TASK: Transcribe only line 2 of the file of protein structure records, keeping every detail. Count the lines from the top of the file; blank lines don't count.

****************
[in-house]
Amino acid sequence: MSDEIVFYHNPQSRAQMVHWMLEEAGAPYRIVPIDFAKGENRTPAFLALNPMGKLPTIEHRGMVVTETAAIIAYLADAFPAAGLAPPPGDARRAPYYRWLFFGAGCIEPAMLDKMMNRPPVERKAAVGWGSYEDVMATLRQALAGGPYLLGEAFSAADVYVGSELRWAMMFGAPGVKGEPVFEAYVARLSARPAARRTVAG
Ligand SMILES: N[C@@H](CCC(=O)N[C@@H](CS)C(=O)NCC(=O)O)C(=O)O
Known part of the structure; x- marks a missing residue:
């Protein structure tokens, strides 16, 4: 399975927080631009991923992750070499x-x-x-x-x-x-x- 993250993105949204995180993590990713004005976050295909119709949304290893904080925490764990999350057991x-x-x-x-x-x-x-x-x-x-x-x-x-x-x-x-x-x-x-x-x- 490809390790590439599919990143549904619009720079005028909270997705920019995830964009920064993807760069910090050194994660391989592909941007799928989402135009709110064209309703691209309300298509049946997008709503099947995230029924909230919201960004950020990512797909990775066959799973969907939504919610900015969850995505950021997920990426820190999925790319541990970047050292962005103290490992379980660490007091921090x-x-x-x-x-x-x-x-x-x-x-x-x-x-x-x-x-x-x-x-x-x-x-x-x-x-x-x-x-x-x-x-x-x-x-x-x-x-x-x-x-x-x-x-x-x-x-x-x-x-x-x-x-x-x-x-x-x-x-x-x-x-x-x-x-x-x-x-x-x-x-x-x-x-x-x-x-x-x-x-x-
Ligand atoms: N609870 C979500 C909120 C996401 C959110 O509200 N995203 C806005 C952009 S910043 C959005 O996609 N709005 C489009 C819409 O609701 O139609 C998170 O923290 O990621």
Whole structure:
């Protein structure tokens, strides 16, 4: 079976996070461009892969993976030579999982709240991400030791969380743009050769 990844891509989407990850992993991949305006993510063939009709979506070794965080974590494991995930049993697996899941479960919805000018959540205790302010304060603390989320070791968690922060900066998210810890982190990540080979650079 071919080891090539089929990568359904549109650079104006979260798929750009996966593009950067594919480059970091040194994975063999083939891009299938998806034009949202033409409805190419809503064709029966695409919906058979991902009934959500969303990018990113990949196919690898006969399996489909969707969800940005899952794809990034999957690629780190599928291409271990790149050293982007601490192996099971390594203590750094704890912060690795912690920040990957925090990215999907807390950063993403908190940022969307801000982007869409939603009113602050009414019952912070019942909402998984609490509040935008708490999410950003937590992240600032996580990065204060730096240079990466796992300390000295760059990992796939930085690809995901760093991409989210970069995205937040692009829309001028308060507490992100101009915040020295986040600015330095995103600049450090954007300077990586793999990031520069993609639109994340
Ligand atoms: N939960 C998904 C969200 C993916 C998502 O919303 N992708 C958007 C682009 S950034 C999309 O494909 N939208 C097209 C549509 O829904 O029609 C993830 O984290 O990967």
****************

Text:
Amino acid sequence: MSDEIVFYHNPQSRAQMVHWMLEEAGAPYRIVPIDFAKGENRTPAFLALNPMGKLPTIEHRGMVVTETAAIIAYLADAFPAAGLAPPPGDARRAPYYRWLFFGAGCIEPAMLDKMMNRPPVERKAAVGWGSYEDVMATLRQALAGGPYLLGEAFSAADVYVGSELRWAMMFGAPGVKGEPVFEAYVARLSARPAARRTVAG